Participation in Agricultural Extension and Labor Productivity: A Case Study of Smallholder Farmers in Ghana

Benjamin Tetteh Anang, Sylvester Nsobire Ayambila


Low agricultural productivity remains one of the main factors influencing poverty and food insecurity among smallholder farmers in many developing countries. Among the key interventions assumed to influence agricultural productivity of smallholders is the provision of agricultural extension services to farmers. Access to agricultural extension however remains low in most developing countries thus slowing down agricultural productivity growth. This study therefore sought to determine the labor productivity effects of agricultural extension in northern Ghana using data from a cross-section of 300 smallholder farm households. The results of a binary probit model indicated that participation in agricultural extension increased with farming experience, farm size, access to irrigation and group membership but decreased with years of formal education and household size. Regression estimates of a labor productivity model revealed a positive and statistically significant relationship between agricultural extension and labor productivity. Also, labor productivity increased with farming experience, household income, access to irrigation, degree of specialization in production and the level of conventional inputs used per man-day of labor but decreased with participation in off-farm work. The authors recommend an increase in agricultural extension coverage to ensure that more farmers are reached with information on modern technologies to enhance their labor productivity. Furthermore, farmers need access to inputs such as seed and fertilizer to improve the productivity of labor.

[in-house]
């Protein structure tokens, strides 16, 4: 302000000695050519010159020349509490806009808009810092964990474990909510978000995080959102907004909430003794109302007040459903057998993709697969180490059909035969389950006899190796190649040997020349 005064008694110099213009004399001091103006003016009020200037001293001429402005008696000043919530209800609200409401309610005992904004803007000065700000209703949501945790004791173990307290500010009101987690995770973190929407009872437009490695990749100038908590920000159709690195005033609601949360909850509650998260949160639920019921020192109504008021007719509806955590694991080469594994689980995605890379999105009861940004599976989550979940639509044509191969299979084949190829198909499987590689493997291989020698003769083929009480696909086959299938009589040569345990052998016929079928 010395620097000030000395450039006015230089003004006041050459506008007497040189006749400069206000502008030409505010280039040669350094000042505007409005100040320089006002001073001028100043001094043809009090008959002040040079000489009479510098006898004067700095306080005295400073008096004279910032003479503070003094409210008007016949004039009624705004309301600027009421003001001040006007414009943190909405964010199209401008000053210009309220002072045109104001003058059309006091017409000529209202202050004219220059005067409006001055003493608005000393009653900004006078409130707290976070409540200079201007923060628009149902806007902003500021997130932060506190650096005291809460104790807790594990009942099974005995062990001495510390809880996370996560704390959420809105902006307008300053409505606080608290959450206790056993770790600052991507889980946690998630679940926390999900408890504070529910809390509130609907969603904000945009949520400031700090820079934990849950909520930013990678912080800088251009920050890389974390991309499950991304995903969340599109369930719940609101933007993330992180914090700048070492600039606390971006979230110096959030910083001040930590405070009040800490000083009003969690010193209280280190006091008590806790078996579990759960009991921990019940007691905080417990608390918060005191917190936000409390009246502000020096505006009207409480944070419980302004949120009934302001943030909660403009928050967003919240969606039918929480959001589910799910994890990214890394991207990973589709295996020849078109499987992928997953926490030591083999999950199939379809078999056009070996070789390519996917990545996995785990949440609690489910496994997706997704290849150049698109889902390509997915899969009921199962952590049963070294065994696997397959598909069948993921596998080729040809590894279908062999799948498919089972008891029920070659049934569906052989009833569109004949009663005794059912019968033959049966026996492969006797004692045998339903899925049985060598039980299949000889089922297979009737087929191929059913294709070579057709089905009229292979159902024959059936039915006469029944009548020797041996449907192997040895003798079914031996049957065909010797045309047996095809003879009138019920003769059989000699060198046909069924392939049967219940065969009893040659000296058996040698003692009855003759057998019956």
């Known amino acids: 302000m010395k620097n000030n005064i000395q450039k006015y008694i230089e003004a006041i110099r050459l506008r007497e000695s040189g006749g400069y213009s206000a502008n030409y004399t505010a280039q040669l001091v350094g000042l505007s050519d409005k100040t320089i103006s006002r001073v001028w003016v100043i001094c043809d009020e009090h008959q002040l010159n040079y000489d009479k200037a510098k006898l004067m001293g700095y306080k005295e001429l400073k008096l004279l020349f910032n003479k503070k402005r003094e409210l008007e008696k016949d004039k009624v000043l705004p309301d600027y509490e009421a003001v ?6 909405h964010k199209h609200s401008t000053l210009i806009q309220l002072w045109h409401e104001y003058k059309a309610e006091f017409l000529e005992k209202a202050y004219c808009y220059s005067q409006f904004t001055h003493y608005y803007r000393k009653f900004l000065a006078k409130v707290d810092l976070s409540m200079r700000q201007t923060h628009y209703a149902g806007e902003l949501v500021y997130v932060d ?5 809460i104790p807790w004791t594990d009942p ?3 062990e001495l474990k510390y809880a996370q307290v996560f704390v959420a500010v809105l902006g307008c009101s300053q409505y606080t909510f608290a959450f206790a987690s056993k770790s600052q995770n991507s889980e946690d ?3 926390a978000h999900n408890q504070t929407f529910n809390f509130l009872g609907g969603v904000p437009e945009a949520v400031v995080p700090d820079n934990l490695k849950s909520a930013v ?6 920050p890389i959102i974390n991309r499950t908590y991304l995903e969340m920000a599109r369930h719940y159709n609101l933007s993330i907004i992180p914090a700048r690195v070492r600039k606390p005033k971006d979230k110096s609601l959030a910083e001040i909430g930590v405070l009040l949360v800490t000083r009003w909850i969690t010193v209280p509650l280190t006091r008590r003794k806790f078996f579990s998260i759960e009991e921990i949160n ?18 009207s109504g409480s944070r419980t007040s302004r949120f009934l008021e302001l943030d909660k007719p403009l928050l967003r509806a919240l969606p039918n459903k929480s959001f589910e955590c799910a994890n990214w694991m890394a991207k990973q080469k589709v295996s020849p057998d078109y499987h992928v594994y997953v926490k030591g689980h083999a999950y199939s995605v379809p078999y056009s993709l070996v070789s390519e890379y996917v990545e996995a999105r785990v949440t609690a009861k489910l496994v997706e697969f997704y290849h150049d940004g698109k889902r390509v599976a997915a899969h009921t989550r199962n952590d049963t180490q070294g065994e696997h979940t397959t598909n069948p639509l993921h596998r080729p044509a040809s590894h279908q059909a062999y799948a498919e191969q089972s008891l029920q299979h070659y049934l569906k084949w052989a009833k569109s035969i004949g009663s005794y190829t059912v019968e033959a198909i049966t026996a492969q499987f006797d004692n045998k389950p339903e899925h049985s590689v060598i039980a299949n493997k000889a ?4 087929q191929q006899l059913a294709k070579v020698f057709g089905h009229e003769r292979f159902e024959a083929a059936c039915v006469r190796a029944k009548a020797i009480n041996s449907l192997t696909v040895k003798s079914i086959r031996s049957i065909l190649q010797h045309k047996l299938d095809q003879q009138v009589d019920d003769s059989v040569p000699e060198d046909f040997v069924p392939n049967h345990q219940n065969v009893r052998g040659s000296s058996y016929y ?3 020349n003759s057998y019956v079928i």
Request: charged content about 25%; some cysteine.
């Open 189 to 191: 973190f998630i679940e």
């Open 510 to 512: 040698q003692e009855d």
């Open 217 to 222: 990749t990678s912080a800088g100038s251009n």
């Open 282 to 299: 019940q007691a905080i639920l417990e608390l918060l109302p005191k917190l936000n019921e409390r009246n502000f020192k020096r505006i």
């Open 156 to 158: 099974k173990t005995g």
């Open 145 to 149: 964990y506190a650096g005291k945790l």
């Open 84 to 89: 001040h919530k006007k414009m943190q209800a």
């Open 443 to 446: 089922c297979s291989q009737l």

Labor productivity; agricultural extension; smallholder farmers; Ghana

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ISSN 1869-6945


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